Most SMEs won’t need to take such radical measures to erase their data. However, it’s good to know about them just in case you ever need them.
The threat of fines for those who don’t comply is high. Therefore, companies need to implement secure data erasure practices to make sure deleted records can’t be recovered.
What are the best practices for data retention?
Identify and group the data your company holds into categories
Define data retention schedules for each category based on legal requirements
Inform data subjects about how long their information will be stored, how consent can be withdrawn, what rights they can exercise, and how
Keep the personal data for only as long as necessary:
- employee data is only needed for the duration of the employment relationship
- customer data should not be kept beyond the term of the business relationship (unless otherwise required by law)
Keep record of the retention periods and their purpose
When data is no longer necessary, make sure to delete every single piece of information relating to a person – in every folder, register, database, mailing list, and back-up server
If the data is stored on cloud-based applications, companies usually have to rely on the provider to carry out the erasure. Therefore, it is crucial to choose compliant service providers when subcontracting the processing of personal data.
What is Penneo’s data retention and disposal policy?
When a customer requests Penneo to delete their data, the record will be flagged for deletion in the database. Data flagged for deletion will be permanently deleted within 60 days of being flagged. To ensure a high level of security, the permanent deletion of documents can only be carried by at least two Penneo employees together.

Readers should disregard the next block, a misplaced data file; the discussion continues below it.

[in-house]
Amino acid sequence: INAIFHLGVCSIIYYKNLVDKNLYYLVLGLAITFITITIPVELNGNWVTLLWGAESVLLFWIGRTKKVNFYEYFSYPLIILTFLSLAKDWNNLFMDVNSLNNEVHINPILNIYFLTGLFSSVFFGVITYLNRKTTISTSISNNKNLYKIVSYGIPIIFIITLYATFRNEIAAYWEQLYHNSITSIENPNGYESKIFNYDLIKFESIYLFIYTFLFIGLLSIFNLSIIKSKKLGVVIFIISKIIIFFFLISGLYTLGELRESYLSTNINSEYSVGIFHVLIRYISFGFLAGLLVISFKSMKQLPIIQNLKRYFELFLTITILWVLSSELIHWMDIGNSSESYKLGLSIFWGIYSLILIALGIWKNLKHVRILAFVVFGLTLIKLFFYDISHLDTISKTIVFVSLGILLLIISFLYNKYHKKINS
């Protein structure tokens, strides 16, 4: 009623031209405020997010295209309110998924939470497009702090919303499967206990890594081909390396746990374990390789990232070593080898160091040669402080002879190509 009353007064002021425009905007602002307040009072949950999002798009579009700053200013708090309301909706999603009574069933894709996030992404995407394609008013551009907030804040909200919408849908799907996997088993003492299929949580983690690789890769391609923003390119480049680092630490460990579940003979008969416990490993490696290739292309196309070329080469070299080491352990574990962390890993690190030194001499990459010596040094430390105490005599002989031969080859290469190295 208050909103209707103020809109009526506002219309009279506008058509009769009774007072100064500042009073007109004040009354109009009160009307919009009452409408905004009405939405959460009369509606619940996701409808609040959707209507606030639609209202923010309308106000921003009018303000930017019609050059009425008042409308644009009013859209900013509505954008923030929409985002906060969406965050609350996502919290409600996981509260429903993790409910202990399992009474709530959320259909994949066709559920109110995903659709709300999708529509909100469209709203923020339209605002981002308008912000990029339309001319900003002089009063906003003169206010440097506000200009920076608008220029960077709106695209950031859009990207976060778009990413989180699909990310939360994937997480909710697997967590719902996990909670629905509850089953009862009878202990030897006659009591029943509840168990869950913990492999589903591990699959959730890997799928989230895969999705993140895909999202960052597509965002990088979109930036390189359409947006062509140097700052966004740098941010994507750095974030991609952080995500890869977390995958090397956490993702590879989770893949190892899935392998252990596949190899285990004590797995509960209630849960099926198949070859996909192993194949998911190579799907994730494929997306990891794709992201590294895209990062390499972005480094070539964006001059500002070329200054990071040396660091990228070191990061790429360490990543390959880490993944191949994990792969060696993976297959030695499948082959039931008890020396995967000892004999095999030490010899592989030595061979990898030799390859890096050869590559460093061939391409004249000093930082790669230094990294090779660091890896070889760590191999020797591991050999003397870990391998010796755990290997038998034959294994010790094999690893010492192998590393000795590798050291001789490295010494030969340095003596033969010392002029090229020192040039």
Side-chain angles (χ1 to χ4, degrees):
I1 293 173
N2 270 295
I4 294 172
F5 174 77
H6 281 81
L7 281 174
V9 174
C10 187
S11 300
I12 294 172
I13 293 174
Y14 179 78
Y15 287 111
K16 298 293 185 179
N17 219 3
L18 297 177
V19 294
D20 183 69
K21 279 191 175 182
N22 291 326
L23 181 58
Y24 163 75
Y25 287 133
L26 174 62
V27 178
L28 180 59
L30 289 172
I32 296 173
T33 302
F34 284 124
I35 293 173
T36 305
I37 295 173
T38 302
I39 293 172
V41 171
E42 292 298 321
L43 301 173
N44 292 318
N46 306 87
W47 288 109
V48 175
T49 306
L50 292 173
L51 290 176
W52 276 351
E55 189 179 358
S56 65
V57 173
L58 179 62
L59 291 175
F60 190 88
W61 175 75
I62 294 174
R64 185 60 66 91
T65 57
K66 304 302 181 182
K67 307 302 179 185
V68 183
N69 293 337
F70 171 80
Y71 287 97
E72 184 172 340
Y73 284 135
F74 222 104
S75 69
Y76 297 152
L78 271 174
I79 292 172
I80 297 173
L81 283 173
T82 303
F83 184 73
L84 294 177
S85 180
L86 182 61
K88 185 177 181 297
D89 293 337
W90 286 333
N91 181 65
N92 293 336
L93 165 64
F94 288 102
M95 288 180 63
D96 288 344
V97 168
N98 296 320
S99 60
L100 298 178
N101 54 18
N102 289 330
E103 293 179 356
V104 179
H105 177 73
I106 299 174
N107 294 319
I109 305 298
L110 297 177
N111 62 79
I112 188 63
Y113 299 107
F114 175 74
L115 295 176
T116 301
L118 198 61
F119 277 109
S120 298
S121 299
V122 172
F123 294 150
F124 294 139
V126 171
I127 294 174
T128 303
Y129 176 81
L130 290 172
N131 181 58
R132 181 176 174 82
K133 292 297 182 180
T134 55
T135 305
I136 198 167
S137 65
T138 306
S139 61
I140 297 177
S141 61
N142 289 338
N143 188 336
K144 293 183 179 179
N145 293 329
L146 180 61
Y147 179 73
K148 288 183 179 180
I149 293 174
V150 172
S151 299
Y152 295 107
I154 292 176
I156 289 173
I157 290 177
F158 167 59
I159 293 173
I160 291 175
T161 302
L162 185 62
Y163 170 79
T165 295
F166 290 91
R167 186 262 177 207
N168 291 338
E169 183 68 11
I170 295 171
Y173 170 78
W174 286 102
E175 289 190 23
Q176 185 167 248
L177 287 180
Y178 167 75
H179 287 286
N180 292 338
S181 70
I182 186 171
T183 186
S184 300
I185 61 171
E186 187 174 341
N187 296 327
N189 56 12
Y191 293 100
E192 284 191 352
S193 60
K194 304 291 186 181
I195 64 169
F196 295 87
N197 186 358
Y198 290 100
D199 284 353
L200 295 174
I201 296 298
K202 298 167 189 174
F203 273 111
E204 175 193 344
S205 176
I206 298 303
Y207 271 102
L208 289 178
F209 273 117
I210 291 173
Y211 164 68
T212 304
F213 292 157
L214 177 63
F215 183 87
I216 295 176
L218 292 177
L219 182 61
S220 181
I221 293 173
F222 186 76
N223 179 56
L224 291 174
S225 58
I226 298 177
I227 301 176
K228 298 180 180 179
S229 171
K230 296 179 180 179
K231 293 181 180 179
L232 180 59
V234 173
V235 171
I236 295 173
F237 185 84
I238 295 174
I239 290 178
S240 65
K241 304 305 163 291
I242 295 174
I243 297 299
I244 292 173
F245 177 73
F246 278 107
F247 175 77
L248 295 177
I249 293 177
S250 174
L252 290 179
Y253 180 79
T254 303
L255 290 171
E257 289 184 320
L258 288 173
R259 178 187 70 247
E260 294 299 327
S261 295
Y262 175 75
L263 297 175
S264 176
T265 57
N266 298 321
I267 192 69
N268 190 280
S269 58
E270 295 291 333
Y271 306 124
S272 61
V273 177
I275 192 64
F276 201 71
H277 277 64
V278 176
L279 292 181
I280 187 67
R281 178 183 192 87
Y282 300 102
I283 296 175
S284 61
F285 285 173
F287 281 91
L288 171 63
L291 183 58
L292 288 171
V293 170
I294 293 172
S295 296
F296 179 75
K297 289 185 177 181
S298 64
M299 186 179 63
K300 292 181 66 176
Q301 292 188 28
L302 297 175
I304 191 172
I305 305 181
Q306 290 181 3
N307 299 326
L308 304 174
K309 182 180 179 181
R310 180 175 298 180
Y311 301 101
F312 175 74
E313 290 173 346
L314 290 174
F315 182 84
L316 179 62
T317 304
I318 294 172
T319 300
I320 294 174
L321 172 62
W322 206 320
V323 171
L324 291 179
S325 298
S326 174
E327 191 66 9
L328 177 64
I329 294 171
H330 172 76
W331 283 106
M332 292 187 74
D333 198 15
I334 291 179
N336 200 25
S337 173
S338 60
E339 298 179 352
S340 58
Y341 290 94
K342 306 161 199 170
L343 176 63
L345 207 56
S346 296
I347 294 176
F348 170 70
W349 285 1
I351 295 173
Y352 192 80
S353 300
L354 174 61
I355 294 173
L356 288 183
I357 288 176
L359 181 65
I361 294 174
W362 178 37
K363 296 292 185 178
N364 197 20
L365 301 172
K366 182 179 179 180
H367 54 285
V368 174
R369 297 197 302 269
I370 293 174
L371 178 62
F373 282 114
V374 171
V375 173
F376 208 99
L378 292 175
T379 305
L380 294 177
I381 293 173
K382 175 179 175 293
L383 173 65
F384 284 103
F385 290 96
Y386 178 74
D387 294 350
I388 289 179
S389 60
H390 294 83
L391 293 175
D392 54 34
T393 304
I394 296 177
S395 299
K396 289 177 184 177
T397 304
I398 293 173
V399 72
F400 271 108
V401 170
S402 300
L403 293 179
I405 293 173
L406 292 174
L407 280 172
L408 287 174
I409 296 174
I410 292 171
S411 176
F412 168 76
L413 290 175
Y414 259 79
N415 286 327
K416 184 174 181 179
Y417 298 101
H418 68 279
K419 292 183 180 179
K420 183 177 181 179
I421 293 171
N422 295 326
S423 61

If you want to request the erasure of your data, all you have to do is submit a request on our website. Our support team will acquire the necessary information and our DPO will proceed as requested. The request is usually fulfilled within a week.
In addition, Penneo provides automatic data deletion. Simply select:
when do you want to move the data to the recycle bin (default is 30 days after completion)
when should the items in the recycle bin be automatically deleted (default is 30 days after completion)
Our data retention and disposal policy also states:
Upon the expiry of the data retention period (depends on the subscription plan), Penneo keeps all the customer’s data for an additional period of 90 days
During the 90-days period, the customer has the right to request the deletion of the data
Penneo customers can obtain an audit opinion to check if the personal data has indeed been deleted from Penneo’s system
Penneo stores data until the customer deletes the data and/or requests Penneo to delete it. Data retention is included in the subscription price for the Penneo platform for 5 years